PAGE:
Reflections on Colby’s conflicted culture of body image

A few months ago, I was talking to some peers about an individual I had seen on campus. The individual was overweight, and upon seeing them I had assumed they were not a student. My next feeling was disgust. With myself.

Students often joke about all of us looking the same, but there is often some truth to that statement. With Body Image Awareness Week upon us, I thought it would be a good time to explore the culture at Colby surrounding this sometimes taboo subject.

I spent my first semester in Salamanca, Spain. Anyone who has gone (shout out to FebFrosh) knows that the food is, depending on who you ask, delicious. My tiny Spanish host mom (or abuela as I liked to call her because she was 82 years old and treated me as her own) made me the most delicious meals every day. I ate biscuits with Nutella for breakfast, full-on feasts with salty salads, chorizo (straight from her farm, not the shitty stuff you buy in America), paella (with rabbit from her farm as well), and desserts. The hot chocolate was not made with boiling water and powder. It was thick, creamy melted chocolate. And most evenings after a full dinner, we dined on the fried goodness that is a churro (usually with more chocolate). I tell you this not to make you jealous of the food I enjoyed for about three months. Rather, what I noticed was the difference in my attitude about the food I was served and from my female peers on the trip. Most complained about a lack of vegetables. When we went on trips together to other parts of Spain, many would go on a run rather than explore the city or sit on the beach (hint: these were not me).

For a long time, I decided that I didn’t really care about what I was eating because it was my first time out of the United States and if I was enjoying the food, why not eat it. Four years later, I have absolutely no regrets. But I distinctly remember visiting a friend in Paris and poking at my stomach, asking if she thought I had gained weight since being abroad. Four years later, I still ask her that question with earnest.

I have a very supportive friend group. Rather than shame each other for grabbing dessert, we shame each other for restraining ourselves from grabbing dessert. Still, no matter how many times a friend tells me there is no shame in food, those words refuse to absorb. I firmly believe that Colby’s culture is, in some ways, at fault for that. There have been many times that I have thought to myself why do complain about others wanting to eat salad? It feels somewhat selfish to use someone else’s desire to be healthy to pin them as a reason for self-hatred, but I don’t think it all comes from the student body themselves. Colby boasts about the large number of students involved in athletics, and when you go to the too-small gym, it’s not unusual to see people running at ridiculous speeds on the treadmill only to finish the run and step onto another machine. As someone who has finally started regularly going to the gym, I can understand how there is no better feeling than finishing a difficult run. My mind is never as positive as it is while I run. Picture a miniature personal trainer yelling “YOU ARE A STRONG INDEPENDENT WOMAN” with a lot of emphasis on “strong.”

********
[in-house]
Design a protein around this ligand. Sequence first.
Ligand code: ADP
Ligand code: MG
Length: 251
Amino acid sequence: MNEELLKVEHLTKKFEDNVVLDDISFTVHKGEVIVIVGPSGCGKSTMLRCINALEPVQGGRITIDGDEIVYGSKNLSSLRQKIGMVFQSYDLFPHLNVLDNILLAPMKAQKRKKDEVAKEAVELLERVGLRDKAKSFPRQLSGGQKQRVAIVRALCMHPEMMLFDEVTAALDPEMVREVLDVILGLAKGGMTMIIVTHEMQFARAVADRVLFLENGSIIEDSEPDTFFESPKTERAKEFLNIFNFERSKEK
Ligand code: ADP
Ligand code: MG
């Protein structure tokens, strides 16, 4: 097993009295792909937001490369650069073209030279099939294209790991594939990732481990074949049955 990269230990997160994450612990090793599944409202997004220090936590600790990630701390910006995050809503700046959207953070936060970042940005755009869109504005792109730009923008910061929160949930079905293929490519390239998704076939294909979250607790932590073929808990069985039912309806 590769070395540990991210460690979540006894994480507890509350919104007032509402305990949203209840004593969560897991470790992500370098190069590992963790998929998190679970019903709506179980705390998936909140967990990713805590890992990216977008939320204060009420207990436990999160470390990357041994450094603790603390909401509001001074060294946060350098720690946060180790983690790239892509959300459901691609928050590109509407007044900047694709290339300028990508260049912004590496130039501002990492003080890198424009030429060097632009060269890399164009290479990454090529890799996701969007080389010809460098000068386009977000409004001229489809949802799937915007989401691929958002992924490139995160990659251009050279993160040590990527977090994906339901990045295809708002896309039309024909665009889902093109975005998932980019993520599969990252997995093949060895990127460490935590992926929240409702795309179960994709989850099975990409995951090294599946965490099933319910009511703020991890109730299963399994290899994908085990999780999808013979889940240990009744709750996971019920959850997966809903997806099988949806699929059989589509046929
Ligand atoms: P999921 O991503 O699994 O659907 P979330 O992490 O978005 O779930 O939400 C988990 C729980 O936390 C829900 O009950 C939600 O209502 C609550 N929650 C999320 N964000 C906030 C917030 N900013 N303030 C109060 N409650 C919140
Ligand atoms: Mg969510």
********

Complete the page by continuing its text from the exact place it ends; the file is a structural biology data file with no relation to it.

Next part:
So now that I feel comfortable in the gym, most of the battle happens in the dining hall. And the fact that I do work out regularly means that my old attitude of “well, shit, I can’t run anyways so what’s the point of trying to eat healthy, too” has turned into “that dessert will essentially nullify everything you did this morning.” And then, when I do get the dessert anyways (which somewhere in my brain I realize I should not feel guilty about) I spend the rest of the day regretting a single Snickerdoodle.

So is it a bad thing that most people at Colby are either incredibly healthy or naturally built to fit in? No. As much as I wish that I fit in to that norm, I would never blame other people for living their lives or naturally looking a certain way because I wouldn’t want them to do the same to me. It’s a daily battle to focus more on the fact that at the beginning of Jan Plan I couldn’t run for more than 15 minutes without stopping and now I consistently run for 30 (and know that I could keep going). I’m thankful that Colby is a place that encourages health, but I think we can do more to make the Hill a welcoming place for everyone.

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